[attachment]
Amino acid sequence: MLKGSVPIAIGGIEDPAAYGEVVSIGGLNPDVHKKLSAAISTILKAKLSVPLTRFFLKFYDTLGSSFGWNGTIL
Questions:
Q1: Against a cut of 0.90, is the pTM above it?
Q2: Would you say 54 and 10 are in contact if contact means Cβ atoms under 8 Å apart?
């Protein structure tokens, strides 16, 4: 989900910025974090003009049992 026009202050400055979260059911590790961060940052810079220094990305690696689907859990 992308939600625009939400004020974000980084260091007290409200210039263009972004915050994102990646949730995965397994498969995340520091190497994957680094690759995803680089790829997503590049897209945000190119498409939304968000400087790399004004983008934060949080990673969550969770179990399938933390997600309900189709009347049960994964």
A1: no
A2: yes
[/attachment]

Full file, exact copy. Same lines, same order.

Amino acid sequence: MLKGSVPIAIGGIEDPAAYGEVVSIGGLNPDVHKKLSAAISTILKAKLSVPLTRFFLKFYDTLGSSFGWNGTIL
Questions:
Q1: Against a cut of 0.90, is the pTM above it?
Q2: Would you say 54 and 10 are in contact if contact means Cβ atoms under 8 Å apart?
């Protein structure tokens, strides 16, 4: 989900910025974090003009049992 026009202050400055979260059911590790961060940052810079220094990305690696689907859990 992308939600625009939400004020974000980084260091007290409200210039263009972004915050994102990646949730995965397994498969995340520091190497994957680094690759995803680089790829997503590049897209945000190119498409939304968000400087790399004004983008934060949080990673969550969770179990399938933390997600309900189709009347049960994964």
A1: no
A2: yes